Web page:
Over at the Edelkrone booth, Kadir shows a line of products targeting compact camera systems. The new Pocket Series line of products transform from a 'battery-grip sized' block into common camera tools such as table top dolly, portable slider, stabilizing handles, shoulder stock with rails, and table stand. The design fits directly underneath DSLR camera bodies, or can be stacked together.
Edelkrone was also teasing us with a new concept in linear camera movement with it's prototype 'Wing'. A folding arm allows a camera to travel in a straight line, and depending on which direction the camera is facing you can use it for side to side tracking, push / pull, or vertical (jib-like) camera motion.
Here's the direct links to the products if you have a Canon T3i with Battery grip and looking to rock the Letus Hawk VF too. If you have questions, you can always contact the support team @ LetusDirect.com
The camera bodies are very close in design, but still a bit different. It doesn't seem like you can swap the camera's battery doors (when removed for installing battery grip). For those wondering about the GGS glass protectors working on the Canon T3i / 600D, it doesn't look like a fit. The buttons are close to the same position, but everything is just slightly off. Other accessories such as Batteries, Cards, and Chargers are all the same, so the T3i / 600D should be seamless to drop into any existing Canon T2i workflow...
The fact that the Canon 60D uses the same batteries as the 5D Mark II & Canon 7D was both a blessing and a curse. For those who already had these batteries, it's nice not having a different set of batteries and charger to add to your gear list. A single OEM LP-E6 will run you well over $70 dollars. For those who are looking to buy extra ones, prices on aftermarket LP-E6 batteries seem to have inflated. There was one brand on Amazon that dropped their decoded (chipped batteries that communicate with camera to show battery life) batteries down to $18.00 dollars, but now brought them back up to $60 bucks!. Yeah they know that there's a new market out for these batteries after the Canon 60D release.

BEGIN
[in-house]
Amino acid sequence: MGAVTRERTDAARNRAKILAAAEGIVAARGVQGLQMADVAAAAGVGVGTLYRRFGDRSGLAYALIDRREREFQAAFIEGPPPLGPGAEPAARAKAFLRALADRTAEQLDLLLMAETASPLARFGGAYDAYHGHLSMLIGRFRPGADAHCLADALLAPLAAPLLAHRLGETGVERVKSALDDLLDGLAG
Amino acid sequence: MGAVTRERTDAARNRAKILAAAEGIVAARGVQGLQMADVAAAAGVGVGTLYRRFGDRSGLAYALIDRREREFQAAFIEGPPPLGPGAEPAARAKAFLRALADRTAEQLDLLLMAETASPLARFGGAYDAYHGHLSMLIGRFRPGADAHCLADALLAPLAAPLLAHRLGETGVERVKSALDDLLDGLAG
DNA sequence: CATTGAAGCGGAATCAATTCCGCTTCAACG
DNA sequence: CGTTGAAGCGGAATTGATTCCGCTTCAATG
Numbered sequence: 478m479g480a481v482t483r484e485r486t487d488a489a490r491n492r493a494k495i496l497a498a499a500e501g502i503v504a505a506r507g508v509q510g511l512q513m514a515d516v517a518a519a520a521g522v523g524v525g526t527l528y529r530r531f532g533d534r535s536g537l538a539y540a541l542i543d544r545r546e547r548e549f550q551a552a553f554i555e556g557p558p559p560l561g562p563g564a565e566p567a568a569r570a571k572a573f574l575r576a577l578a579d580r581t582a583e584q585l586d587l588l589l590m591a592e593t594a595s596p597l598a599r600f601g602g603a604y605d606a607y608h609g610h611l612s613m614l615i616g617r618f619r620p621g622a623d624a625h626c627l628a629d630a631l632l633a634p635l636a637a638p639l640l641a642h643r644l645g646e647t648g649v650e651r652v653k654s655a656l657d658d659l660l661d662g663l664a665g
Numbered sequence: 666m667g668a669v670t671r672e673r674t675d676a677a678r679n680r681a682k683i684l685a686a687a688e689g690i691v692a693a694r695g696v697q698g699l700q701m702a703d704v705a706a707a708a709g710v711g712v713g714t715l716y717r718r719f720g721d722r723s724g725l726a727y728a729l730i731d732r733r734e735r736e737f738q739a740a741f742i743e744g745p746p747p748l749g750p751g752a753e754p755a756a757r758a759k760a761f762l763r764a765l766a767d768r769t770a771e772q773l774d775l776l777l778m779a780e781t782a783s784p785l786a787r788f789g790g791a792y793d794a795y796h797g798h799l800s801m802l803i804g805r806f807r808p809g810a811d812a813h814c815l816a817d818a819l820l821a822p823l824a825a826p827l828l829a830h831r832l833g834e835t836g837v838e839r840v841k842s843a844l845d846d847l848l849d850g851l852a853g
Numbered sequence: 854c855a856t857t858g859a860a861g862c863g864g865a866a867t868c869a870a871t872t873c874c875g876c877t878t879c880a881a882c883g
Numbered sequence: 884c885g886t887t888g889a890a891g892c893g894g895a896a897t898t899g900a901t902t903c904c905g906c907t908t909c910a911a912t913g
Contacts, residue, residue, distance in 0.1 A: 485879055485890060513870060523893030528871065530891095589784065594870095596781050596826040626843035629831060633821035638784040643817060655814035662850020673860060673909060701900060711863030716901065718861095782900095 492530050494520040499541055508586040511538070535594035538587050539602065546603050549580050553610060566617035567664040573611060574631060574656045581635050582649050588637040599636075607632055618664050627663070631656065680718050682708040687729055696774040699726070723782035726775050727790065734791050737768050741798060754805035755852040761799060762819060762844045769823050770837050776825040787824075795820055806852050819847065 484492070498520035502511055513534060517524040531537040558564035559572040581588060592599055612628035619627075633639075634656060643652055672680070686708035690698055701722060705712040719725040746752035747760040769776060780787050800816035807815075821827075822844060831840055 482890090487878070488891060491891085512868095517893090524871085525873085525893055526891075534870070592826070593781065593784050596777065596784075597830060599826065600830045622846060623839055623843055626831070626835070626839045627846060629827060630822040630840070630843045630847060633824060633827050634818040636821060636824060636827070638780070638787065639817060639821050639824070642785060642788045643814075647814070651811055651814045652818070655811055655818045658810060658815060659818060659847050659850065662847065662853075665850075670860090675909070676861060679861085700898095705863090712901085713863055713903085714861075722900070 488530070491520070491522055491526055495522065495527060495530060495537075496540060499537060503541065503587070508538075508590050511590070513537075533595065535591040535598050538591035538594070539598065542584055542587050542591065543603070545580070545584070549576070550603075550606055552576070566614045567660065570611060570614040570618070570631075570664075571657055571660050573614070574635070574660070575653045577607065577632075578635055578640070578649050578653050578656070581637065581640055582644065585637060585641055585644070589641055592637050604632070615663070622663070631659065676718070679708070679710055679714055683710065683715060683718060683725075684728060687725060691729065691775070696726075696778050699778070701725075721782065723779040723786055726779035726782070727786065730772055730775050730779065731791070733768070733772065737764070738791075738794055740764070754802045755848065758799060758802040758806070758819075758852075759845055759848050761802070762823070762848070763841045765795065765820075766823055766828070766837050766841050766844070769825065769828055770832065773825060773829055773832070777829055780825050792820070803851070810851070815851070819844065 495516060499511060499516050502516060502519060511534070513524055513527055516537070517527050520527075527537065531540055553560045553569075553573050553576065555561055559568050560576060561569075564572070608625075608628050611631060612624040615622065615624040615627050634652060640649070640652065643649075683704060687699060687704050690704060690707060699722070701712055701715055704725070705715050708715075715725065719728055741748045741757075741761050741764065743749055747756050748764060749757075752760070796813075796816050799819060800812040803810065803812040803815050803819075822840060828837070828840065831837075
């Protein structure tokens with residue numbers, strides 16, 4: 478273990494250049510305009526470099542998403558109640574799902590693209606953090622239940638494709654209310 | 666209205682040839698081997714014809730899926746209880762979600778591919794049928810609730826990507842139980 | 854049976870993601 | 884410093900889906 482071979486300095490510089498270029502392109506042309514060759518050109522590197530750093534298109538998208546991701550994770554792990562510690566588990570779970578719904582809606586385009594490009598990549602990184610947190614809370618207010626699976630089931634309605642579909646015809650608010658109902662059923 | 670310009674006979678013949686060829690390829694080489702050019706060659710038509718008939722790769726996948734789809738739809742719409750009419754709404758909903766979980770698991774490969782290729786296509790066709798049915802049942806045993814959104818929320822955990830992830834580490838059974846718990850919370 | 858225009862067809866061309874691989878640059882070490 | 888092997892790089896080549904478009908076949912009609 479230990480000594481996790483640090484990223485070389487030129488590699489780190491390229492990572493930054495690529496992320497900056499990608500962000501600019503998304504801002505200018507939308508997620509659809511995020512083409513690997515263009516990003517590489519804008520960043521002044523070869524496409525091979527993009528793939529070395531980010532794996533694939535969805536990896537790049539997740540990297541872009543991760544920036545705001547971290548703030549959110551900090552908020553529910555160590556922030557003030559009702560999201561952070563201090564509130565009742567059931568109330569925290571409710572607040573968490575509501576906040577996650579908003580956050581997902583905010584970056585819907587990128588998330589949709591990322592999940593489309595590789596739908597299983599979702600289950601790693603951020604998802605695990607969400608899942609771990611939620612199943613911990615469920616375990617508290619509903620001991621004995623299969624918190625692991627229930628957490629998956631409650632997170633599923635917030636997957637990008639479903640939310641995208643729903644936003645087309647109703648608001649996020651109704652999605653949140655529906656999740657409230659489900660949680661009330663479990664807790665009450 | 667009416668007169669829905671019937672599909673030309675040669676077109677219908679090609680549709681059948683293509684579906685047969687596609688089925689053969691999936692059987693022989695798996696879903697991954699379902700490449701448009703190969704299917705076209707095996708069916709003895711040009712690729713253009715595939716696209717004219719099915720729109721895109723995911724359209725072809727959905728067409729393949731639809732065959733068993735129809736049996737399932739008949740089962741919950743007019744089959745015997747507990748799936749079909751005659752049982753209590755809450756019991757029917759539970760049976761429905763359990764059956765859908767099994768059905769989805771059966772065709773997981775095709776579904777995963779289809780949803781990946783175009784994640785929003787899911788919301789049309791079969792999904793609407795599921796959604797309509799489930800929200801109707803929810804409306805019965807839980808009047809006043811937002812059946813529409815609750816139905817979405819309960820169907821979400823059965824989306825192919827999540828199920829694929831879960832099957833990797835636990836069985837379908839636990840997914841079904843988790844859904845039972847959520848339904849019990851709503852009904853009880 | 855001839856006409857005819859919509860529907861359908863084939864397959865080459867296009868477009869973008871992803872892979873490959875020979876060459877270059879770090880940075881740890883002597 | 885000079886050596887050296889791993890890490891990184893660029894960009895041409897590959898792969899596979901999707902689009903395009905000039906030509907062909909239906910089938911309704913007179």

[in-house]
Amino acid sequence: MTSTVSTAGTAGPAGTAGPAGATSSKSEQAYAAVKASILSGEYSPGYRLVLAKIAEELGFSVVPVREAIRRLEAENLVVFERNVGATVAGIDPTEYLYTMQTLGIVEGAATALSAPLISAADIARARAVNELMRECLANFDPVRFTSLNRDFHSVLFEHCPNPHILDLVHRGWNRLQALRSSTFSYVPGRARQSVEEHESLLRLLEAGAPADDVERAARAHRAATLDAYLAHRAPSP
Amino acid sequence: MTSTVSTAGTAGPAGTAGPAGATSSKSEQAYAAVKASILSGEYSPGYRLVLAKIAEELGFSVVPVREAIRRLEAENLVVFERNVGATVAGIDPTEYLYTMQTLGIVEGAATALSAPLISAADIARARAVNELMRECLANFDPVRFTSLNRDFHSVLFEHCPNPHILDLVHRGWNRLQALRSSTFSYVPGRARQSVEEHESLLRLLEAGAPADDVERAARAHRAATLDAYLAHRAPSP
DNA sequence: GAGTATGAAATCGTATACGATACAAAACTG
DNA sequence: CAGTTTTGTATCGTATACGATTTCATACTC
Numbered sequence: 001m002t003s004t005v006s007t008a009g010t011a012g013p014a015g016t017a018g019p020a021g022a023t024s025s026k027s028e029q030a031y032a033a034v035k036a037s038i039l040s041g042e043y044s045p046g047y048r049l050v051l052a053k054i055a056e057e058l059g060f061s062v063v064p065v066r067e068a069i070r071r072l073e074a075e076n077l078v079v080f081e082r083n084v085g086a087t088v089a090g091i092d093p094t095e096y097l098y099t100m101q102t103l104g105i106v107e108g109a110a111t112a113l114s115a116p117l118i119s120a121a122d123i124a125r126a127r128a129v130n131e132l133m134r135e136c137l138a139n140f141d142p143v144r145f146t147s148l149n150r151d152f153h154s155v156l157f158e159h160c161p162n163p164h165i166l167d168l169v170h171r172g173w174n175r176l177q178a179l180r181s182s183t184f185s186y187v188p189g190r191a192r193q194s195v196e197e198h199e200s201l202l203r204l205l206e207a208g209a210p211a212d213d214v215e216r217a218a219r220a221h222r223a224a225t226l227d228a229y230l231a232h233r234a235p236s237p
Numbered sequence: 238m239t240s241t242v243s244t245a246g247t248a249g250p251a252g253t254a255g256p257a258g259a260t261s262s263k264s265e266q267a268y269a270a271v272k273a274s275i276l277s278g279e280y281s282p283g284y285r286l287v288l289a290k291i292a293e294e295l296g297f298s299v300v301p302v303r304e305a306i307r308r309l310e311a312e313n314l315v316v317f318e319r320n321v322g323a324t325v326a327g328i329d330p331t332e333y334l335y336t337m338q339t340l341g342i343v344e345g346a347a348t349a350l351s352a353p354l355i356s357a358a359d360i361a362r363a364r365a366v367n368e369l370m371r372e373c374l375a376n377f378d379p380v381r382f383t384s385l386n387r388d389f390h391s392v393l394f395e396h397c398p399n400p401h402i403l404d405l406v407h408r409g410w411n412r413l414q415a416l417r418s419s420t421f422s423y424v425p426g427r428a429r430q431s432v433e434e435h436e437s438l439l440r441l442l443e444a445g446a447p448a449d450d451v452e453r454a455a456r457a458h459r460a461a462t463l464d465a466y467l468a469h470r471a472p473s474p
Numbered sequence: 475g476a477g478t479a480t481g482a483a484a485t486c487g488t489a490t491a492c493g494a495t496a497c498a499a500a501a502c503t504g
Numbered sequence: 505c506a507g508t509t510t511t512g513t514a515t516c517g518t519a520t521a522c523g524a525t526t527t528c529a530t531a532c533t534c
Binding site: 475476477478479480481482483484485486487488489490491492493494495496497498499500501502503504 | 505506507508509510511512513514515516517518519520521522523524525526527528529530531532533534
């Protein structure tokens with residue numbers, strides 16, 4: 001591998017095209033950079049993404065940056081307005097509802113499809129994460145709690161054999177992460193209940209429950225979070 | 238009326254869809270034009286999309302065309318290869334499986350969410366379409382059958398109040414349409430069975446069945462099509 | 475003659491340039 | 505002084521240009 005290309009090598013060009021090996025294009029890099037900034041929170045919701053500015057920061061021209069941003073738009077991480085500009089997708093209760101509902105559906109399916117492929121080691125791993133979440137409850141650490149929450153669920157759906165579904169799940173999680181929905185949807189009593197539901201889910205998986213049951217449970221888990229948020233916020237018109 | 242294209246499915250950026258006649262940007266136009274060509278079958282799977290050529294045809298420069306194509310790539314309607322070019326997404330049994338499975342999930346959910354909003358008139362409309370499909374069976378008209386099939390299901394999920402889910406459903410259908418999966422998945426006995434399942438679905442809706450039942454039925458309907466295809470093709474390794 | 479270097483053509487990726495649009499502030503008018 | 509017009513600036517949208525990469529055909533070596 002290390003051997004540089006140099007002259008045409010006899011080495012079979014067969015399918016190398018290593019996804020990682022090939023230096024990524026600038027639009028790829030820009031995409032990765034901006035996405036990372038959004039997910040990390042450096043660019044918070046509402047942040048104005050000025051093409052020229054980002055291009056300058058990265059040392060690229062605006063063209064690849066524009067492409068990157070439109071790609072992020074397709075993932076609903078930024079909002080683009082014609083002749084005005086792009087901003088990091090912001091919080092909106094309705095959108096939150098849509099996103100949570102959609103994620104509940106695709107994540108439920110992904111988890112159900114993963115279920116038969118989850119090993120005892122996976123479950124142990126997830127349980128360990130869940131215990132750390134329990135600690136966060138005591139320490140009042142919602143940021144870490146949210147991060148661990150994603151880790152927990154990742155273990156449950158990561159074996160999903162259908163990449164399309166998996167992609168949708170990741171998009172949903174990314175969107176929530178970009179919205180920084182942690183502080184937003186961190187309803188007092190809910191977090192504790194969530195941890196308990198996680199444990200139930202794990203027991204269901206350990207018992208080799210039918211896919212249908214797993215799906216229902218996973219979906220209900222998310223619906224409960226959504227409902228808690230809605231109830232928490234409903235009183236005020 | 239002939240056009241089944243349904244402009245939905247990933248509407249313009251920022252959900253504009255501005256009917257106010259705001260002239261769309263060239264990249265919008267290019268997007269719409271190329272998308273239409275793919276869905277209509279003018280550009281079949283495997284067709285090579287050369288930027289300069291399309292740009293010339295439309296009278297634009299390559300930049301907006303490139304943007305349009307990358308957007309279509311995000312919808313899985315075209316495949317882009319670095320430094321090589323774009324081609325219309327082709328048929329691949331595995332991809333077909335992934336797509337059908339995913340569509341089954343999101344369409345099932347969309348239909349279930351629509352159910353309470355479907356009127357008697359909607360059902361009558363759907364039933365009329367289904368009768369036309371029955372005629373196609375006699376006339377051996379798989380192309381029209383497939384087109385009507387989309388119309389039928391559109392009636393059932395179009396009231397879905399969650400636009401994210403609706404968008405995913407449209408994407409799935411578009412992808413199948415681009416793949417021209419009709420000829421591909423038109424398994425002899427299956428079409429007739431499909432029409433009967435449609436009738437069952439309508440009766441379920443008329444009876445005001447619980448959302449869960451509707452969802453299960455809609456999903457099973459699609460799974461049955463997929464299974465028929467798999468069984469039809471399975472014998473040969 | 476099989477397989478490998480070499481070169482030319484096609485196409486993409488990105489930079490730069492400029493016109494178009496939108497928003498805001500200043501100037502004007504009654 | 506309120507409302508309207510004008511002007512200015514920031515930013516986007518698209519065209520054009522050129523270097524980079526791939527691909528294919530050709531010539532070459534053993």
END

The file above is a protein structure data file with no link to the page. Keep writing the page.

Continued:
If you don't care about the battery meter, there's plenty of Aftermarket LP-E6 batteries that run around (2)pcs. for $15 dollars. Very very cheap, but they will need their own charger. It's not suggested these be charged on the OEM charger. I think I have 6 of those myself which still run to this day, and are probably a year old or more.
I was still waiting for more reviews on these items to see if they will actually work well and hold up as good batteries, and if the battery meter really works. A friend of mine has a wedding lined up on 10/10/10 - of course the most popular wedding day this year, and so he's invested into the Maxtek Replacement Li-ion Battery For Canon. He's had it a short while and seems to work exactly like OEM, and charges on the OEM charger (can't do this with un-chipped batteries). I've asked him to give us a demo video of the batteries in use, but he says they work exactly the same. This battery is compatible with the Canon 5D Mark II, Canon 7D, and Canon 60D.
Cheesycam reader MJM just dropped a bomb on me. I've listed some information on the aftermarket battery grips and batteries on this blog before, but i've been hearing that the prices have gone up since. MJM sends a comment about a seller who's got the aftermarket grips as low as $65.95 just grip, or $89.95 which comes with 4 batteries too. That's a great deal right now especially with the demand still growing quickly on the 550D / T2i. I've done my usual (gut) inspection about the seller whos received 100% feedback and seems to push 100's of items daily. That's a tough job keeping eBay buyers happy, so this one looks totally legit. Grab 'em now while it's still decently priced for the 4 battery package.
click image to purchase
Another Bomb dropped was the Amazon grip with 2 batteries for approx $60 dollars + $4.99 shipping. Supposedly they might be shipping this guy out of New Jersey so the wait might be shorter. Check it out below.
Props for Vimeo member Daniel Bochenski for rigging up his own version of the ' BodyPod DSLR stabilizer ' I posted up here::::
His video (Above) shows some fine examples of how a monopod, when used correctly, can support your camera weight and give you some super steady footage.
Well the T2i came in for me last week, and I really haven't had the chance to play around with it. Right off the bat, you'll get yourself stuck if you don't have Class 6 (speed) SDHC card required to shoot videos with it. Having the 5DM2 and 7D already those both only use Compact Flash. So get yourself stocked up on some Class 6 rated SDHC cards. Hopefully i'll get some video samples online for others to see soon.
Another problem I had with the camera was the weight. It's super light which could be an advantage in certain situations, but sometimes you need that extra bulk for better handling. I suggest that you pick definitely pick up the Battery Grip by Canon. Not only will it add more grip, it will add more available power, and increase the 'looks per hour' rating on your DSLR.